Dynamic programming — mathematics versus computer

I heard the term "dynamic programming" and naively assumed it had to do with programming in the sense of computer programming, as that's the only way I've heard the word used before — I used to work with software engineers a lot. After being laughed at a bit, I was told that when a mathematician or economist says "dynamic programming" it has nothing to do with computer programming; rather, it is just a technique for solving complicated problems in a dynamic setting.

I have read the Wikipedia page and I don't understand the difference. Isn't the computational approach the same as the mathematical one, just wisely using the computer as an assistant to execute the algorithm?

What exactly do the terms "programming" and "control" mean in this area?

• Bellman used to work for RAND, which worked closely with and was partly funded by the military. In the military sense, "programming" is synonymous with "planning" or "scheduling", which exactly was one of the intended applications of Bellman's theory. A similar situation exists with linear programming, as Dantzig worked for RAND as well. Oct 16, 2011 at 16:43
• @J.M. Have you seen this: link? You can learn about the birth of the name in the words of the master himself. See the section titled "Choice of the name Dynamic Programming". (I love the ending: "It was something not even a Congressman could object to.") Oct 18, 2011 at 13:51
• Quite nice! Thanks @Sri! (I know the bit about making the mathematical research more palatable for the military brass, but it's nice to get it straight from the creator.) Oct 18, 2011 at 14:11

I think it's confusing because it's both at the same time. The origin of the name is a pre-computer sense of "programming" where the world simply meant the concrete planning of actions (say, deciding which vehicles to go where when you have a given amount of goods to transport from some points to other points). "Programming" is still used in that sense in combinatorial optimization.

Of course, nowadays such planning problems are solved by having a computer execute a program, though this program exists on a different meta-level than the plan for which vehicles to send where.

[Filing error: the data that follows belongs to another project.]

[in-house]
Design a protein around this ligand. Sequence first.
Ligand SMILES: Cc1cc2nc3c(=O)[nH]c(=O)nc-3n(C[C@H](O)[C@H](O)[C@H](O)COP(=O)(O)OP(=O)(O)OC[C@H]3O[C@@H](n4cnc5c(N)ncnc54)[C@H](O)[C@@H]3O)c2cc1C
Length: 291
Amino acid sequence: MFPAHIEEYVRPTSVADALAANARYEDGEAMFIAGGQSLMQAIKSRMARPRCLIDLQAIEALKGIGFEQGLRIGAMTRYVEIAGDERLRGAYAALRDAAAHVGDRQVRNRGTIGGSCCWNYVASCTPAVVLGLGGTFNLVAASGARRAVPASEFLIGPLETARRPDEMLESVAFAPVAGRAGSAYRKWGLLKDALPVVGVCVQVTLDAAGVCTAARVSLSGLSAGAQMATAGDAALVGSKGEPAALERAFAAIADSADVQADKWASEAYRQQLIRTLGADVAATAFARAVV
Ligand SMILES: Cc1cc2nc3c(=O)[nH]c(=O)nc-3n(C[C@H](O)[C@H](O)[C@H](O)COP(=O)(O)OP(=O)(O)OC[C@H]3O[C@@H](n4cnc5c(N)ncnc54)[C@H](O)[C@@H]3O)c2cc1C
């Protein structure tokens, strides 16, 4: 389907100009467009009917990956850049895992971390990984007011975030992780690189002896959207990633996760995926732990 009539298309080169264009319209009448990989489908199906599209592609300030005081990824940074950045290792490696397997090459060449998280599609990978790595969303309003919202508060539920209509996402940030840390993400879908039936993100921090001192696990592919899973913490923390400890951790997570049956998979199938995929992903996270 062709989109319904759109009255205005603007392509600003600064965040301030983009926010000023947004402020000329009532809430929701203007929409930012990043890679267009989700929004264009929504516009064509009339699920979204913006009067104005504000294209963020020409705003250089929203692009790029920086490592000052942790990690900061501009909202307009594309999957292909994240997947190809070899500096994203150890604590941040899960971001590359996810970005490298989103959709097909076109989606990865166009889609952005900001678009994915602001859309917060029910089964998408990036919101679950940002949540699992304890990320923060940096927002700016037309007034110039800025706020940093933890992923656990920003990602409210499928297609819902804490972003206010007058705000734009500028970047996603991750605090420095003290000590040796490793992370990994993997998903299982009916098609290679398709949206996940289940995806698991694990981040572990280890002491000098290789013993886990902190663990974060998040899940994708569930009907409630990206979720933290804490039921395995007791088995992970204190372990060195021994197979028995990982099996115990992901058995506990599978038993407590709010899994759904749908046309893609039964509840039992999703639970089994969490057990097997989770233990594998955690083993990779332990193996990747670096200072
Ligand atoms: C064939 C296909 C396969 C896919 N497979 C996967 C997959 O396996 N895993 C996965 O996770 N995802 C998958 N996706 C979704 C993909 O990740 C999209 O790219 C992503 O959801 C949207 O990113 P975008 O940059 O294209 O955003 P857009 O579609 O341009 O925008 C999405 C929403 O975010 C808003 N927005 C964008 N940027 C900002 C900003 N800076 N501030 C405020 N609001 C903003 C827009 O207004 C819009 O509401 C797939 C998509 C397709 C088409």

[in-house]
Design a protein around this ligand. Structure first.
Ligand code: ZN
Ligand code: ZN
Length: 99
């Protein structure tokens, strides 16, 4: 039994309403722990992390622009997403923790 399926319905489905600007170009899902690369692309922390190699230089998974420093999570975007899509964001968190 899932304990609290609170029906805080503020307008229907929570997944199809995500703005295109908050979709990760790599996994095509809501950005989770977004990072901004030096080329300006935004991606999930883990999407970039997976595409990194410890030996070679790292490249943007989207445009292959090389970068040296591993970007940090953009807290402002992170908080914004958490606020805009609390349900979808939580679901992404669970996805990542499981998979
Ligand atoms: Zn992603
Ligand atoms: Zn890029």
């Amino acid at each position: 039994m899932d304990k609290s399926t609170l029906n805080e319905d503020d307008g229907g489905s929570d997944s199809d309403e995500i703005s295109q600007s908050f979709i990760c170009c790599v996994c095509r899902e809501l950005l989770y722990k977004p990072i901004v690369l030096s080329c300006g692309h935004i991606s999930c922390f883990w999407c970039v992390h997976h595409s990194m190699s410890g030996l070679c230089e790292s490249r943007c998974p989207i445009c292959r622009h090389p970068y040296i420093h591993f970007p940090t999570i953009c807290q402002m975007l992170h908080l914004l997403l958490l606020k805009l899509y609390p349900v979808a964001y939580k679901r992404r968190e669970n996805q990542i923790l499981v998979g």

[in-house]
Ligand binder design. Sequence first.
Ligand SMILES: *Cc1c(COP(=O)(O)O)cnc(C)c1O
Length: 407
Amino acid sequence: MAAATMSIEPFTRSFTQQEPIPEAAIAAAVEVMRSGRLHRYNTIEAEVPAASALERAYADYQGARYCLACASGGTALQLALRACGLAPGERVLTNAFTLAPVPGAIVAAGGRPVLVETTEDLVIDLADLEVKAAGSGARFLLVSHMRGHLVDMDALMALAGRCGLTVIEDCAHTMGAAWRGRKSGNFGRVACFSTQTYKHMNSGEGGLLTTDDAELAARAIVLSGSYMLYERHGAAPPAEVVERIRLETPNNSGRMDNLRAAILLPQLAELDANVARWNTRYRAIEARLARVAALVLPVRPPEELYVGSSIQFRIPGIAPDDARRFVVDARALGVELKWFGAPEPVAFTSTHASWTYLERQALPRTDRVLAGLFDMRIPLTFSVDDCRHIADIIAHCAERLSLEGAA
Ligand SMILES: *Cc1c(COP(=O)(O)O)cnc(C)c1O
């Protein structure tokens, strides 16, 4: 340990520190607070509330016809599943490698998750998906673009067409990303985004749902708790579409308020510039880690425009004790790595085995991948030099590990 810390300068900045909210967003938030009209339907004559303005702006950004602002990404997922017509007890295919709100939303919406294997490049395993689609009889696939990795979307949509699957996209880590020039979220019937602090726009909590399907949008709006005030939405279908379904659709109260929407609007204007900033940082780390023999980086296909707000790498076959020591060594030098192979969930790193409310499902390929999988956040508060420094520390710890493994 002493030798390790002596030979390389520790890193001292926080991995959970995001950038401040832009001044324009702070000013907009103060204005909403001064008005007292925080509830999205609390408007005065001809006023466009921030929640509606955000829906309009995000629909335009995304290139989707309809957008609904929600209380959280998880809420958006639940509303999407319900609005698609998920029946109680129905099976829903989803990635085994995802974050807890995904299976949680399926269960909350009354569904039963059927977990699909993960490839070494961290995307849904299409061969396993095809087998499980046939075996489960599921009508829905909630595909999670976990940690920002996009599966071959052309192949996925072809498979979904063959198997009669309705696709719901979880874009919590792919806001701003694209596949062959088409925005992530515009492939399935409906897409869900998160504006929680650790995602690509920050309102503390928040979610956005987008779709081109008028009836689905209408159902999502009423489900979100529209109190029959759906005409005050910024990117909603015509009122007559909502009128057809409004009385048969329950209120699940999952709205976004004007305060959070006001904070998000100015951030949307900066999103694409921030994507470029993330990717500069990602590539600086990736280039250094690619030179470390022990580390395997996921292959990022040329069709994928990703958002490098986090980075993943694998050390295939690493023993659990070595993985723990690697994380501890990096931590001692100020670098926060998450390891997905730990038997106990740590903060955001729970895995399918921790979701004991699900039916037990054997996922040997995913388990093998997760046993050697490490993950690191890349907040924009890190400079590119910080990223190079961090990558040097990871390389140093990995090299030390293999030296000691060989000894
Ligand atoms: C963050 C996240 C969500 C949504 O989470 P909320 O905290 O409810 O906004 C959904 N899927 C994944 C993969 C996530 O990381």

Also, some techniques originally developed for "programming" in the old sense have turned out to be useful for constructing computer programs, independently of the naming coincidence. So "dynamic programming" is now also an algorithmic technique that consists of solving and remembering smaller instances of a problem first and then building up to the problem you're actually interested in. This can be useful even in cases where the eventual problem is not a "programming" (in the planning/optimization sense) problem. So you use the technique while you program computers, but that's not why its name contains "programming".

• The use of the word "programming" for computer programming developed from the same idea of "planning". Oxford English Dictionary's first citation for "programming" in this context is a paper by Mauchly (one of the inventors of ENIAC) in 1942. Oct 16, 2011 at 20:50

I don't have a source for this, but I would say that "algorithm" is a more precise synonym for "program" in the non-math sense than is "planning."

You also asked about "control." This implies a process that accepts inputs. Search "control theory."

In his autobiography "Eye of the Hurricane", Richard Bellman explains the origin of the name:

“I spent the Fall quarter (of 1950) at RAND. My first task was to find a name for multistage decision processes. “An interesting question is, ‘Where did the name, dynamic programming, come from?’ The 1950s were not good years for mathematical research. We had a very interesting gentleman in Washington named Wilson. He was Secretary of Defense, and he actually had a pathological fear and hatred of the word, research. I’m not using the term lightly; I’m using it precisely. His face would suffuse, he would turn red, and he would get violent if people used the term, research, in his presence. You can imagine how he felt, then, about the term, mathematical. The RAND Corporation was employed by the Air Force, and the Air Force had Wilson as its boss, essentially. Hence, I felt I had to do something to shield Wilson and the Air Force from the fact that I was really doing mathematics inside the RAND Corporation. What title, what name, could I choose? In the first place I was interested in planning, in decision making, in thinking. But planning, is not a good word for various reasons. I decided therefore to use the word, ‘programming.’ I wanted to get across the idea that this was dynamic, this was multistage, this was time-varying—I thought, let’s kill two birds with one stone. Let’s take a word that has an absolutely precise meaning, namely dynamic, in the classical physical sense. It also has a very interesting property as an adjective, and that is it’s impossible to use the word, dynamic, in a pejorative sense. Try thinking of some combination that will possibly give it a pejorative meaning. It’s impossible. Thus, I thought dynamic programming was a good name. It was something not even a Congressman could object to. So I used it as an umbrella for my activities” (p. 159).